Here are links to a variety of stories in the local news. Very little is encouraging. Citing chronic staffing challenges, the Washington State Ferries to reduce service this week. All employees subject to Inslee Covid vaccine mandate. Preview Open
Recently I wrote a (since deleted) blog post about my experience on the “keto” diet. In it, I wrote that a diet rich in fats was both healthful and useful for weight loss. However, I also made a distinction between “healthy fats such as those found in nuts and fish” and so-called “trans fats, which raise cholesterol and increase the risk of heart disease, stroke and type 2 diabetes.”
These words were not merely clinically inaccurate but hurtful acts of violence. It pains me terribly to think of the danger in which I put the readers of my reckless words. That I am an older man who grew up in a much fitter and more active era than today’s slackers and 24/7 social-media users is no excuse. I now know that my words constituted an act of violence against tater tots, nondairy creamer, women, pre-prepared cake frosting, microwave popcorn, people of color, vegetable shortening, fried fast food, the undocumented, frozen pizza, stick margarine, Muslims, pie crusts, fried chicken, the differently abled, cookie dough, onion rings, and the gays.
My thoughtless words were not only wrong from a scientific perspective but from a moral one. Oprah, Rosie O’Donnell, the director of the Food and Drug Administration, the leadership at the National Association To Advance Fat Acceptance, and more than 200,000 (and counting) Twitter users have helped me to understand what should have been obvious to me at the time: trans fats are fats, full-stop.
Join Jim and Greg as they cheer William Shatner for going to space and the private sector space industry for their amazing innovation. They also have plenty to say as House Speaker Nancy Pelosi suggests the media needs to do more to sell the reconciliation bill to the public. And they’re a bit puzzled as GOP California Rep. Michelle Steel reacts to the Pacific Ocean oil leak and the gridlock at our ports by proposing a ban on ships idling off the southern California coast.
…can be blamed on Radio Bayern Klassik. We were driving home from the Gebetshaus Augsburg this noon when they put on a piece by this esteemed fellow on piano: Preview Open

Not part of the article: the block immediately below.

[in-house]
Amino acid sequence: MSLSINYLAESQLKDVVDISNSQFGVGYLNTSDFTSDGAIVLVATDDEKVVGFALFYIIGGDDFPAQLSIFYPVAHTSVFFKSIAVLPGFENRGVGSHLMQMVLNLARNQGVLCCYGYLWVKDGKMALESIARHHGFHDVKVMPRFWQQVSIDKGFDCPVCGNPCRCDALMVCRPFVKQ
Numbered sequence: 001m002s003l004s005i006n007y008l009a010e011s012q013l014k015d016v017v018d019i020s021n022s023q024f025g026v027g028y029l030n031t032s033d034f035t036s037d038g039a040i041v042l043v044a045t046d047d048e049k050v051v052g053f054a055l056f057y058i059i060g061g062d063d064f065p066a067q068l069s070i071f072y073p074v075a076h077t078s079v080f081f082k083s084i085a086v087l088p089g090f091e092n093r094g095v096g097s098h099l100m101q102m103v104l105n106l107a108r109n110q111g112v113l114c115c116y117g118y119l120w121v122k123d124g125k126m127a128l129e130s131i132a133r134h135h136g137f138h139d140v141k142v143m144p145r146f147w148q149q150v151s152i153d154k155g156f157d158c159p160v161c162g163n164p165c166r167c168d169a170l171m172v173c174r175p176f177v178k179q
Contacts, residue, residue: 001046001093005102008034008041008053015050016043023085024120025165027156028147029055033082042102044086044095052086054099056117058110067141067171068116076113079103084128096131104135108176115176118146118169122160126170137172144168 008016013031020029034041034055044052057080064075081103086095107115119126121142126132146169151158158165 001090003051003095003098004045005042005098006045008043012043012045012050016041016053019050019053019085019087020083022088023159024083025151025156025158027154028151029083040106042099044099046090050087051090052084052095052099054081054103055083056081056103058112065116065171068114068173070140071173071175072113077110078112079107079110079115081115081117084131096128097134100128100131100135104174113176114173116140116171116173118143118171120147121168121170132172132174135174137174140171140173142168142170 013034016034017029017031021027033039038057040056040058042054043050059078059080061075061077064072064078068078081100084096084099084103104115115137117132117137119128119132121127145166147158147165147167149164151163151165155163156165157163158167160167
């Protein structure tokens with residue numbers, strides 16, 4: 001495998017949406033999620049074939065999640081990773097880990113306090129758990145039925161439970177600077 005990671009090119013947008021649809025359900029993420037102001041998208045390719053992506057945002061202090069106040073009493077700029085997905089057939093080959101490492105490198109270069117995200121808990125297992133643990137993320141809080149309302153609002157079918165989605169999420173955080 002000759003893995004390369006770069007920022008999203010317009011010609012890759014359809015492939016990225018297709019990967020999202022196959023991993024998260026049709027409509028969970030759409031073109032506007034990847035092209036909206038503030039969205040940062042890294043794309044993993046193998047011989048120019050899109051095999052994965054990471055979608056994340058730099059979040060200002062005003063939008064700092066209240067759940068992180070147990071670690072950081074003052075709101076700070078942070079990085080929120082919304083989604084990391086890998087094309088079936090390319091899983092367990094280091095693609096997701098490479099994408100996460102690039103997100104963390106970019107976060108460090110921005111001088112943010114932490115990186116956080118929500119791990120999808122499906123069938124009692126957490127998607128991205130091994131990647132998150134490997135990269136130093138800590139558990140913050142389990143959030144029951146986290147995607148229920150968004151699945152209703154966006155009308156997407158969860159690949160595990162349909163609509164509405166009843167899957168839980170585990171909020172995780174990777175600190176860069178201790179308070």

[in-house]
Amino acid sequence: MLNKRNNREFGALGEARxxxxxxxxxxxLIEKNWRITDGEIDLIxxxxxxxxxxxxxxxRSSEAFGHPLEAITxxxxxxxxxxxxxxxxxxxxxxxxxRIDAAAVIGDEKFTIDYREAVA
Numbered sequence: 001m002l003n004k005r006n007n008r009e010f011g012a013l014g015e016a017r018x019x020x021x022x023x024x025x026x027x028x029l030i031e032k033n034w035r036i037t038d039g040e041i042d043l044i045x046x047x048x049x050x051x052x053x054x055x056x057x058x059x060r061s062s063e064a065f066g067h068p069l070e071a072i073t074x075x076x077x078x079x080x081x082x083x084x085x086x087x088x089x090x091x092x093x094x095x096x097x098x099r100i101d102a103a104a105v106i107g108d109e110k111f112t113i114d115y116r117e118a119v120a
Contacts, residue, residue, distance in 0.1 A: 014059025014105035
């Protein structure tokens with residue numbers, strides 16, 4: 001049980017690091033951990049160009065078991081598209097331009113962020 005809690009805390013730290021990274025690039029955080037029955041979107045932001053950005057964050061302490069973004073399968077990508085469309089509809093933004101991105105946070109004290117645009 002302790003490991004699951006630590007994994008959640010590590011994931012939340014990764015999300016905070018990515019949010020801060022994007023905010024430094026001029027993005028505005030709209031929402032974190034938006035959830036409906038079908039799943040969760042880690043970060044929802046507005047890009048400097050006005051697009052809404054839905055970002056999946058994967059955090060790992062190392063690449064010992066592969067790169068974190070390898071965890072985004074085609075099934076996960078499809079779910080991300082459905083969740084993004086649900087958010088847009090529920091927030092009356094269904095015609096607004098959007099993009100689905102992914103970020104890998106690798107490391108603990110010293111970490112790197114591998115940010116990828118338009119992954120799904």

I’ve always viewed the movie The Handmaid’s Tale as an unintended comedy. But I’ve been warned that the book by Margaret Atwood is actually quite well written, so this month I gave it a try. I admit: the writing is impressive. Atwood has a fantastic imagination, and the book is full of details that really […]
This week on “The Learning Curve,” co-hosts Gerard Robinson and Cara Candal talk with Robin Lake, director of the Center on Reinventing Public Education (CRPE), a non-partisan research and policy analysis organization developing transformative, evidence-based solutions for K-12 public education. Robin describes the type of research CRPE conducts and how it has evolved over time, and shares her view of the impact it should have on schools, teachers, and families. She discusses CRPE’s work tracking school closures across the country at the height of the pandemic, the methodology used, and the findings so far. Robin reviews key takeaways from CRPE’s July report on how districts are allocating federal COVID-19 relief funds, and talks about how districts should spend those dollars. After sharing what her team will be focusing on as we emerge from the pandemic, she describes the challenges of leading a non-partisan research organization and remaining committed to the mission during a highly partisan era, with schools and curricula increasingly being drawn into political battles.
Stories of the Week: Finance and economics education improves young people’s financial literacy and helps prevent credit card and student loan debt, and insufficient savings for retirement. In New York City, Mayor Bill de Blasio is ending the school district’s Gifted and Talented program by fall 2022, in favor of a new program which he claims is more equitable.